A Challenge? Why yes, indeed! I love a challenge.

And that brings us to our weekly roundup of good links.


1.  Join me today at Lisa Jo's Five Minute Friday free writing prompt. After you read along, jot one yourself. Not familiar with the prompt? It's simple. Sit and write for five minutes about a particular word of Lisa Jo's choosing. This week's word is "visit." Set a timer. Grab a pen, and go! No editing. No second thoughts.

2.  It seems that Facebook is always tinkering with it's site, always trying to attract more users in hopes that it will not go the way of MySpace. This week, the social media network announced that it would again be tinkering with its page algorithms in an effort to make it easier for page managers to share content. What was the problem? I'm glad you asked. Amber shares in her piece "Advice for Bloggers,"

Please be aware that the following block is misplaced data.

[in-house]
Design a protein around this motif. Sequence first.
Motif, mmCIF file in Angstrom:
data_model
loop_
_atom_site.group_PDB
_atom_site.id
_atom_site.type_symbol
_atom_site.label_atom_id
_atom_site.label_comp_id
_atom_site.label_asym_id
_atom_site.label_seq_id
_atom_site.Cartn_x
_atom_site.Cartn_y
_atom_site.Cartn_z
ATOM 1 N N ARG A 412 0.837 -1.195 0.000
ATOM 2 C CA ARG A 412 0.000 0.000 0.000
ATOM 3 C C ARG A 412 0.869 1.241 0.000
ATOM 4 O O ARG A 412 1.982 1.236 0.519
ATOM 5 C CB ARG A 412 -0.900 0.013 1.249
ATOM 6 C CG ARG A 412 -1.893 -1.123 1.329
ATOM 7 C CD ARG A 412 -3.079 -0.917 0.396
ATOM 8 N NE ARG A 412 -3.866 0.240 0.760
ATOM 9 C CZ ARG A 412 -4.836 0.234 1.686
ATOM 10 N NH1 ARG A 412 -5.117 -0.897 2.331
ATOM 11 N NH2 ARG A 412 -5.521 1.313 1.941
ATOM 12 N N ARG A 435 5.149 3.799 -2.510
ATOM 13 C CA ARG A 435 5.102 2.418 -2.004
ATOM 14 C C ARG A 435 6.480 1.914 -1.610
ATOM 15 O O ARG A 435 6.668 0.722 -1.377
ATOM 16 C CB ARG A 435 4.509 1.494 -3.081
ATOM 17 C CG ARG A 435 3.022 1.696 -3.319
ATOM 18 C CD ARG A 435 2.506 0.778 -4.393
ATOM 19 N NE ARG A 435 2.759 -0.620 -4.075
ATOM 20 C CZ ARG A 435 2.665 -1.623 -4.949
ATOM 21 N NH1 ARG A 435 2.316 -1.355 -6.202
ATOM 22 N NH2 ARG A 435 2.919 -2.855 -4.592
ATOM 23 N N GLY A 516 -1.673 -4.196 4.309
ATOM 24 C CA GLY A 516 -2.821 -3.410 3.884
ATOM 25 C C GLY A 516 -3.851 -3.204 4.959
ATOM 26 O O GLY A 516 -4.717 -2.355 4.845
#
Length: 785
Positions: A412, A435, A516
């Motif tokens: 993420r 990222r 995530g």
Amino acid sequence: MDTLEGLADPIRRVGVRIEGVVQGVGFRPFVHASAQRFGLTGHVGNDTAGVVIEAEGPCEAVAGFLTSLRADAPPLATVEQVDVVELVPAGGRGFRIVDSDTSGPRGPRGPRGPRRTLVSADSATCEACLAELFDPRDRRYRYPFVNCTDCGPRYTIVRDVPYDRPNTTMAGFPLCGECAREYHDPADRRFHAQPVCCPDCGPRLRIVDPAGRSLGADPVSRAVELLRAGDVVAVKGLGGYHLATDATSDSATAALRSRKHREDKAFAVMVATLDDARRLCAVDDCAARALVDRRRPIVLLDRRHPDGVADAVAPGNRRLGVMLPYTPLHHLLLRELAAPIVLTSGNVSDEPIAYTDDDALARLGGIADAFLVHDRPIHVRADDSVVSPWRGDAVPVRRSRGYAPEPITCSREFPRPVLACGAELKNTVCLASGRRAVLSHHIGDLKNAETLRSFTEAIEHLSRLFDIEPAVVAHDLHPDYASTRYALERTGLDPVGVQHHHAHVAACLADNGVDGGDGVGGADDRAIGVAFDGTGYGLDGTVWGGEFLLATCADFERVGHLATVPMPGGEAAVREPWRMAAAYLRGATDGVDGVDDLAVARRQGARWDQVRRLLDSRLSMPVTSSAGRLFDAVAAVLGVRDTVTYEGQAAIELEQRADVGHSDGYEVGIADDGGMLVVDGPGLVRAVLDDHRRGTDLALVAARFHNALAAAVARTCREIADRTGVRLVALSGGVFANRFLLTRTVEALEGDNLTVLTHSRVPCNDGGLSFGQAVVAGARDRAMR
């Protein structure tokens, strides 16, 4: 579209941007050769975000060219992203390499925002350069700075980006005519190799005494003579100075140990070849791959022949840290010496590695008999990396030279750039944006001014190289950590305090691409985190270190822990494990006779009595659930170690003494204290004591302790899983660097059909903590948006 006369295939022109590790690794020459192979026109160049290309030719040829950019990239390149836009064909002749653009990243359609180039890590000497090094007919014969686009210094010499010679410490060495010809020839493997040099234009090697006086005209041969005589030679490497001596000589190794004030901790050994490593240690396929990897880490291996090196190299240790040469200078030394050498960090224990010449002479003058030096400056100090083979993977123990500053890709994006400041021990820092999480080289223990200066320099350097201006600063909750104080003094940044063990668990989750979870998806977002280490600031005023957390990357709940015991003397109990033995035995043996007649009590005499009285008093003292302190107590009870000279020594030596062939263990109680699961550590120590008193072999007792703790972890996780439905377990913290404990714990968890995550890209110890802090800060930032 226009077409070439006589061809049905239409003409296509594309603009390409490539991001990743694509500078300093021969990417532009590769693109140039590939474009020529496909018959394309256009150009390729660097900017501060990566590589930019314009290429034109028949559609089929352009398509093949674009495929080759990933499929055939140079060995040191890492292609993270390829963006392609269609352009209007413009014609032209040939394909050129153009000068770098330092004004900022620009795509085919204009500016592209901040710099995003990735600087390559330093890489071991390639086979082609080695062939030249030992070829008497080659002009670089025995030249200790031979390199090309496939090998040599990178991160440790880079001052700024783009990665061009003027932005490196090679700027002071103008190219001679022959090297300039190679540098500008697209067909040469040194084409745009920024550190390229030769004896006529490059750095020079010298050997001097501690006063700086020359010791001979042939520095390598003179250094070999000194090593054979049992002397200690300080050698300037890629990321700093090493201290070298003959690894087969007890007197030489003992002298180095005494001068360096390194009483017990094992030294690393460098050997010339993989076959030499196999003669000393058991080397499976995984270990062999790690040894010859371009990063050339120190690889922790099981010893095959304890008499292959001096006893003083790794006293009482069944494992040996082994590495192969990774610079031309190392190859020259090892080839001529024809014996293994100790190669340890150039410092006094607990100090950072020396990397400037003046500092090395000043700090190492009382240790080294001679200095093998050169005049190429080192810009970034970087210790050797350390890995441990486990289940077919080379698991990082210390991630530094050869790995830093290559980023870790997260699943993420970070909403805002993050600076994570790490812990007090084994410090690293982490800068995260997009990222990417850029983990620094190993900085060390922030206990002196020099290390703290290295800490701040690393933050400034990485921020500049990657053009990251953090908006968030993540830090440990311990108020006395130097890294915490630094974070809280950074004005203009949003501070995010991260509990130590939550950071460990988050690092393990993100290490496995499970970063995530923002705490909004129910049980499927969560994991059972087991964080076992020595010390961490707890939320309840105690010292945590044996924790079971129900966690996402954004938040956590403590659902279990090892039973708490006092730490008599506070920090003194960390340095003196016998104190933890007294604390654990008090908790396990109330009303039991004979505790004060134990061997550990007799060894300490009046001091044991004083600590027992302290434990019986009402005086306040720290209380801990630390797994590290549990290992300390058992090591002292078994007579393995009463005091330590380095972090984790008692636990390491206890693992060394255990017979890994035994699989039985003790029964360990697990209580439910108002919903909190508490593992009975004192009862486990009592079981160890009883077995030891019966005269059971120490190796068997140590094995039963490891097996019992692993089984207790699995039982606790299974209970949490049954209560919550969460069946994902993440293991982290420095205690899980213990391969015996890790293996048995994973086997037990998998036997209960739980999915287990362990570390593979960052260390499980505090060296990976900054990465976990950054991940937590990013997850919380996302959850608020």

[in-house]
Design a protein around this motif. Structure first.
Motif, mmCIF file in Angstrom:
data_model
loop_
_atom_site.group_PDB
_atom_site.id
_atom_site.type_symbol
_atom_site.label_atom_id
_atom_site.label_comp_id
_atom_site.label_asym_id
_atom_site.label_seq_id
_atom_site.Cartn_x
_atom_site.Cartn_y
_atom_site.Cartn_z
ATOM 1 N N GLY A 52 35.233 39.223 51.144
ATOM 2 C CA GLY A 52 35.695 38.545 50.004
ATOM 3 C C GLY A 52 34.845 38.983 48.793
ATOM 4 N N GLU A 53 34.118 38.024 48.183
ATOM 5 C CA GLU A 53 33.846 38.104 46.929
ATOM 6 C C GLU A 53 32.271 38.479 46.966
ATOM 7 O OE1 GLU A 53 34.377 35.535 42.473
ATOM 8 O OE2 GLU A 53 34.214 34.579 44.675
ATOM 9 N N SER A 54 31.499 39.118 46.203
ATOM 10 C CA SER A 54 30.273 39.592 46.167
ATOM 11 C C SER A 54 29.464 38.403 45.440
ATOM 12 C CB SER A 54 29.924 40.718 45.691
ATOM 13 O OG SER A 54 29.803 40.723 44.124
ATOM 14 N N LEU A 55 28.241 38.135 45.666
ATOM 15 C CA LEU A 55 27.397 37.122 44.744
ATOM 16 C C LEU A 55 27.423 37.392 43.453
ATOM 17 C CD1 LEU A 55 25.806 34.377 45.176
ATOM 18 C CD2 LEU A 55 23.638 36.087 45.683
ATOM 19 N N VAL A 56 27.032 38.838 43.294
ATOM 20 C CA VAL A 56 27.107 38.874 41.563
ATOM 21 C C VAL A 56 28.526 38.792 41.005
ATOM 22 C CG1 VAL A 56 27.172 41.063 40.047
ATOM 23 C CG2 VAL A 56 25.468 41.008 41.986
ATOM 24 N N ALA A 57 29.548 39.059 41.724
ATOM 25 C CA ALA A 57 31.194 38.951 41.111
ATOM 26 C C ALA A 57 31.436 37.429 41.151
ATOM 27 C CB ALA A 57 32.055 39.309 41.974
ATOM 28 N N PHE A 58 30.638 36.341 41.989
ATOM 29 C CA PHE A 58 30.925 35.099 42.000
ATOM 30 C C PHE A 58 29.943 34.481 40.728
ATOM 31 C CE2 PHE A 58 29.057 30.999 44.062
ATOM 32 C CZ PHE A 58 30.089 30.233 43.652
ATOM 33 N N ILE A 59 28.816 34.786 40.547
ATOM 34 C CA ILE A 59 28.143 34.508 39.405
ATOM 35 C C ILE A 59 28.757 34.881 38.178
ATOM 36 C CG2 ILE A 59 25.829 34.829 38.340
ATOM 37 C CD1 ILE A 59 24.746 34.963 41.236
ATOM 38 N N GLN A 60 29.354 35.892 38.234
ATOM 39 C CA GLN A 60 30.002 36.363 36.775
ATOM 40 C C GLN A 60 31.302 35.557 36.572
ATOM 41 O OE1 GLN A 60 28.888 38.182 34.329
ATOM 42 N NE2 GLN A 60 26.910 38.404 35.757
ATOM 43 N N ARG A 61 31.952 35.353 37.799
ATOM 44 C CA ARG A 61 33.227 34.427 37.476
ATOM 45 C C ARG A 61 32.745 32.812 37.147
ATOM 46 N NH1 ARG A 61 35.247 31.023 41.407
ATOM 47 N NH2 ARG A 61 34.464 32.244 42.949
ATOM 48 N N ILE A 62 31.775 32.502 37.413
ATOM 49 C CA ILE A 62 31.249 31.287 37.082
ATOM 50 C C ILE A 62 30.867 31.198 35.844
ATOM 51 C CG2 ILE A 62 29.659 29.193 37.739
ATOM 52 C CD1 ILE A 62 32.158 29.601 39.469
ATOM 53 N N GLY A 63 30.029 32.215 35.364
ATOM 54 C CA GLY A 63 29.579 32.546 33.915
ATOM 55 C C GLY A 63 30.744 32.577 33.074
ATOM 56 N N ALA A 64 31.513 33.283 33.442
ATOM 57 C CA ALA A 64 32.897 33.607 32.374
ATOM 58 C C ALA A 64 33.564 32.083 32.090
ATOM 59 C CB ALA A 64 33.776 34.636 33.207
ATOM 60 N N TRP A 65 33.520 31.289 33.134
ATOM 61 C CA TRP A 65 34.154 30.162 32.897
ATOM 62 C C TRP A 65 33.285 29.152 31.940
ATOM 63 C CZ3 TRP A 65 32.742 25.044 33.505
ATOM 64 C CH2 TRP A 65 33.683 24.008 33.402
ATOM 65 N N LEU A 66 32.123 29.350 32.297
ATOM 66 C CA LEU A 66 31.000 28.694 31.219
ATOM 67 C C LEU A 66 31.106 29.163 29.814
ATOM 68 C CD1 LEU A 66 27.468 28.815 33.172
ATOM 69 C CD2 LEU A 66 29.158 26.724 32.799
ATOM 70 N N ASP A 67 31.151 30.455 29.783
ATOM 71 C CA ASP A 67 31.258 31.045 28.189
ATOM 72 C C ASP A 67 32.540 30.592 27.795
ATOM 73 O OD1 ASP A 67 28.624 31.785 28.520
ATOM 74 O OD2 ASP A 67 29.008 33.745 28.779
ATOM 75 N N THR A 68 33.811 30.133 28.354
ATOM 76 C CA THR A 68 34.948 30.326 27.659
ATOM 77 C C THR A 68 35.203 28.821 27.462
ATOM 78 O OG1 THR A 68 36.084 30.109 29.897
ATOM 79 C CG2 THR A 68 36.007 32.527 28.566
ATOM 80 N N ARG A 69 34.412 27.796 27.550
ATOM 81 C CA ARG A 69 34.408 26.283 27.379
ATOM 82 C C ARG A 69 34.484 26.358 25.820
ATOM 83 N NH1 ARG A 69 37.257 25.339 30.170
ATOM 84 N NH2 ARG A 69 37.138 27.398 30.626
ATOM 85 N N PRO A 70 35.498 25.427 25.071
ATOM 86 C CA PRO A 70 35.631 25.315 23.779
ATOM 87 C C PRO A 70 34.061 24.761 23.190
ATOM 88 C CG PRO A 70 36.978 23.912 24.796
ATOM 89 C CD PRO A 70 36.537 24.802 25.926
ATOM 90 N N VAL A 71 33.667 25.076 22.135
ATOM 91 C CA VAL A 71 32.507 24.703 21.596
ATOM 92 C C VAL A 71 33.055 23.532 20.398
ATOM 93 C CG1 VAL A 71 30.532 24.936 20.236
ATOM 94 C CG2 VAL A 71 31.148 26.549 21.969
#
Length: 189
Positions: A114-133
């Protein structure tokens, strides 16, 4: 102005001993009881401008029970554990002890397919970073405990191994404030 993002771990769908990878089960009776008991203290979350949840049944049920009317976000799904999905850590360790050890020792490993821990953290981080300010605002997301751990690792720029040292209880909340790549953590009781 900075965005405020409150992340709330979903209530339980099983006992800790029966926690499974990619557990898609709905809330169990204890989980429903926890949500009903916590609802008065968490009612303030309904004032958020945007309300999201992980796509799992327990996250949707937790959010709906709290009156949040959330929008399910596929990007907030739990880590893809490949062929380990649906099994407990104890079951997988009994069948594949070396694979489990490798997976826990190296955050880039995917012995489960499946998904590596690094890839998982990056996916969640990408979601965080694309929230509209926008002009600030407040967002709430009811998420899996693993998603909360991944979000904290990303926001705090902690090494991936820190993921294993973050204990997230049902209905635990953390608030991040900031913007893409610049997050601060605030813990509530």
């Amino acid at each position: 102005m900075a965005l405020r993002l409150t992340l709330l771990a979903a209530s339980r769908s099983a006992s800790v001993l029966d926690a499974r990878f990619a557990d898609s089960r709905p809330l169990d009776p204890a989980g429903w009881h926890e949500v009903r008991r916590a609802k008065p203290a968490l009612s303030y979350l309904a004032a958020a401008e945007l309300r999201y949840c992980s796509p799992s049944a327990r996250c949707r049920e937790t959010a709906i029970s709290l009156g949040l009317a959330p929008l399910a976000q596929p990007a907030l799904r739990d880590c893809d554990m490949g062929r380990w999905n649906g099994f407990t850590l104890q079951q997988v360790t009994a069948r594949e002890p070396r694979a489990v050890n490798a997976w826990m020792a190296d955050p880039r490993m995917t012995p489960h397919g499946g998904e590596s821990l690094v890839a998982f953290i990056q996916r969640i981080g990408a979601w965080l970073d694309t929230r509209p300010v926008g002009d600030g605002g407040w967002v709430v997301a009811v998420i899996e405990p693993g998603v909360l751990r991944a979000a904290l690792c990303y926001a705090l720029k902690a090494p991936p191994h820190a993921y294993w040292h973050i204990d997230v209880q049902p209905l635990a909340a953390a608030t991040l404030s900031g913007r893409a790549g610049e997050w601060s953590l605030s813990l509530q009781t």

Bloggers, when you link to a blog on Facebook, add the link using only your right hand to type. The tongue should stick out to the left. Set your laptop down. Do a few pirouettes, and then press Enter. That should do it. My friend Lora Lynn thinks you should also spit, but that’s debatable because she’s from Alabama...

3.  Many of you know of my love for Tweetspeak Poetry. They're bringing poetry back to the people, I say, and they're doing it one challenge at a time. For instance, consider their challenge to the poetry-averse Sandra Heska King,

“We’d like you to read not just a poem a day but a poem from one particular poet a day. (That is, the same poet every day.) And that poet, for reasons we have yet to discover, isT.S. Eliot.